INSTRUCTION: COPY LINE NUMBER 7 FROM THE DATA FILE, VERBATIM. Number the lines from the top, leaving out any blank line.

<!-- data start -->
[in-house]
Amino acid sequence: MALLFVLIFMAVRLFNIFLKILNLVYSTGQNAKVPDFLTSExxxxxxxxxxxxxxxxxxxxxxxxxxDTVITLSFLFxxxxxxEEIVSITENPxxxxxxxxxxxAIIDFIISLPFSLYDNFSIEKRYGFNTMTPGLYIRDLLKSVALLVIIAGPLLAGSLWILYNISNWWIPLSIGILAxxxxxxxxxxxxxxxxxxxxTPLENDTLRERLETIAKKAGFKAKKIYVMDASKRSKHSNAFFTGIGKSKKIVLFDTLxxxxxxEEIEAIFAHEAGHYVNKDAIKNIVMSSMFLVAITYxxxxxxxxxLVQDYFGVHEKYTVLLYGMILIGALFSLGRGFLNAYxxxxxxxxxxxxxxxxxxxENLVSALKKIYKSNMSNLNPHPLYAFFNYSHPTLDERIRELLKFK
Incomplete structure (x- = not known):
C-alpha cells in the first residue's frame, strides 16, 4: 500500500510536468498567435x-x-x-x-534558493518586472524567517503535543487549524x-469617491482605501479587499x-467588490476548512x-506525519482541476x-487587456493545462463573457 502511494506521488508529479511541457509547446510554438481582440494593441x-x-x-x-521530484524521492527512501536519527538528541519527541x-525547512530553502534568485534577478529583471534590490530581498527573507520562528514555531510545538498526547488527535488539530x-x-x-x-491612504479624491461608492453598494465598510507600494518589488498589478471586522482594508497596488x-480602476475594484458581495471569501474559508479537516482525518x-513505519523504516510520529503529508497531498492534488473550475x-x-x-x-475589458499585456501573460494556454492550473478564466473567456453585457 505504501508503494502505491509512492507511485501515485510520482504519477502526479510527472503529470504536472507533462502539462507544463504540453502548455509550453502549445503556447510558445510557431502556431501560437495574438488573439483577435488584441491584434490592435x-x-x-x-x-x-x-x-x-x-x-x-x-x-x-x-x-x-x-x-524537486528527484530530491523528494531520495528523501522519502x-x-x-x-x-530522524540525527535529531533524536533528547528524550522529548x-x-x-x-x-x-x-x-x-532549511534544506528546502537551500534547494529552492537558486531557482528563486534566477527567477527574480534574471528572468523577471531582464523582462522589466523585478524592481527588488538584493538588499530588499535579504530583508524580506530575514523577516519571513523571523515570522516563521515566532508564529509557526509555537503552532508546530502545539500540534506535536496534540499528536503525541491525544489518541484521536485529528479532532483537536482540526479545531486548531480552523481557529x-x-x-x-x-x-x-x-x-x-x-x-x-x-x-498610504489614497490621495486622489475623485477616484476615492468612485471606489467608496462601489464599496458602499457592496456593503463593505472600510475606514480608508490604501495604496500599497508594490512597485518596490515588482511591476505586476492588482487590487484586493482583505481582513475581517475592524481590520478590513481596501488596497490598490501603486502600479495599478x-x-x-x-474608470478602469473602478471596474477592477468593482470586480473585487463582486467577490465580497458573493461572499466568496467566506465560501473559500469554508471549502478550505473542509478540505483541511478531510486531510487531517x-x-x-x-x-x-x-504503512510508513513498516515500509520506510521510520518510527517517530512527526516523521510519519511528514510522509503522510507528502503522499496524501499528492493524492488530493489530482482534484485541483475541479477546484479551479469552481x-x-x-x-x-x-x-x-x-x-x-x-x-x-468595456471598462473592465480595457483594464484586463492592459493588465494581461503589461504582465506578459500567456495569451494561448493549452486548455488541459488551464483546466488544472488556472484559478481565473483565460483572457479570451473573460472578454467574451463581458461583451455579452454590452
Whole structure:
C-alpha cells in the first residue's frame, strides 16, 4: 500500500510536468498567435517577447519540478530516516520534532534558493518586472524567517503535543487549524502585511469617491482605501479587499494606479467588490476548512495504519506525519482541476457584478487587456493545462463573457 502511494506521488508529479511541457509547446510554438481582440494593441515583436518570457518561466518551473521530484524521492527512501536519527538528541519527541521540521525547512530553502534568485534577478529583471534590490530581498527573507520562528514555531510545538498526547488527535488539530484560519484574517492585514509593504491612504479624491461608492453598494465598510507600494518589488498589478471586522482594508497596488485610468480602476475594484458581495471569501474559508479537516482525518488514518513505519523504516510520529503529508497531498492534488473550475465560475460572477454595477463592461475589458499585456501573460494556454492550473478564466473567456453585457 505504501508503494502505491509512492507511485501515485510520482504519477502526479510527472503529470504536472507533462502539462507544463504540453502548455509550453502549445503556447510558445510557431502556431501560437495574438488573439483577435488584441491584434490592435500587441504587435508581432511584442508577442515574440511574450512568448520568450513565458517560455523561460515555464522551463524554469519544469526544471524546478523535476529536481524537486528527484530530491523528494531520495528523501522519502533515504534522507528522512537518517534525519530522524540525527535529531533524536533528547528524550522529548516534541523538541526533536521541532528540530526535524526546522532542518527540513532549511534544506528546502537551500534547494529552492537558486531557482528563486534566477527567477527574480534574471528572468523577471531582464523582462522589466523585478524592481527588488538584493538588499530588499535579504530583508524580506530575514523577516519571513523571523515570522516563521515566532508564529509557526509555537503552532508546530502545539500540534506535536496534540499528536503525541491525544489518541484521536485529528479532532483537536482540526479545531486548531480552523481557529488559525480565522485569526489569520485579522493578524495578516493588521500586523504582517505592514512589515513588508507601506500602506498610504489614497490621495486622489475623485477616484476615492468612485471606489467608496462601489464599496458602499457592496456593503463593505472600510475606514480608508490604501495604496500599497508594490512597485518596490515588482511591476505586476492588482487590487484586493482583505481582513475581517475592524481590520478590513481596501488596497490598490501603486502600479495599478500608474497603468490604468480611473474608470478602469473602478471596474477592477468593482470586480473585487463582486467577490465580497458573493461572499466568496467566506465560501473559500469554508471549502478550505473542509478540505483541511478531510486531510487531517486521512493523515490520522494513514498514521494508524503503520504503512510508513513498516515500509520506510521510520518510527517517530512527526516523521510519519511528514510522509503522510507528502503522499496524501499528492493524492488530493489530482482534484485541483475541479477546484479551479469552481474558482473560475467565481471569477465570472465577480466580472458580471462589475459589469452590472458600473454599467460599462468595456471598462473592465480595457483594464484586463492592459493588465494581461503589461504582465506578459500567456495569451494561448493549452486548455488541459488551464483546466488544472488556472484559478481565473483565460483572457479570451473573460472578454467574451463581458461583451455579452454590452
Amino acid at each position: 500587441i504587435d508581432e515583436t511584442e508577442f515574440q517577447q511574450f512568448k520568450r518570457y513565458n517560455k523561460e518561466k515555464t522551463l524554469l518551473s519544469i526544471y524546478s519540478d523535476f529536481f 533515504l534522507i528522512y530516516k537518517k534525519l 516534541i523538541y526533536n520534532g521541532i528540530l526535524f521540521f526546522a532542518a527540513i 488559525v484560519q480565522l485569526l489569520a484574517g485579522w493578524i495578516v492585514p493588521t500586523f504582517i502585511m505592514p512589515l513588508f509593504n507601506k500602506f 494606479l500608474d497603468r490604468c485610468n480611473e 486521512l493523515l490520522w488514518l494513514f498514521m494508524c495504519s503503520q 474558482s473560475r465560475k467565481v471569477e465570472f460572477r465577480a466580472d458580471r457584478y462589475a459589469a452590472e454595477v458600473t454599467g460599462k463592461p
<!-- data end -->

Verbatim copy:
Amino acid at each position: 500587441i504587435d508581432e515583436t511584442e508577442f515574440q517577447q511574450f512568448k520568450r518570457y513565458n517560455k523561460e518561466k515555464t522551463l524554469l518551473s519544469i526544471y524546478s519540478d523535476f529536481f 533515504l534522507i528522512y530516516k537518517k534525519l 516534541i523538541y526533536n520534532g521541532i528540530l526535524f521540521f526546522a532542518a527540513i 488559525v484560519q480565522l485569526l489569520a484574517g485579522w493578524i495578516v492585514p493588521t500586523f504582517i502585511m505592514p512589515l513588508f509593504n507601506k500602506f 494606479l500608474d497603468r490604468c485610468n480611473e 486521512l493523515l490520522w488514518l494513514f498514521m494508524c495504519s503503520q 474558482s473560475r465560475k467565481v471569477e465570472f460572477r465577480a466580472d458580471r457584478y462589475a459589469a452590472e454595477v458600473t454599467g460599462k463592461p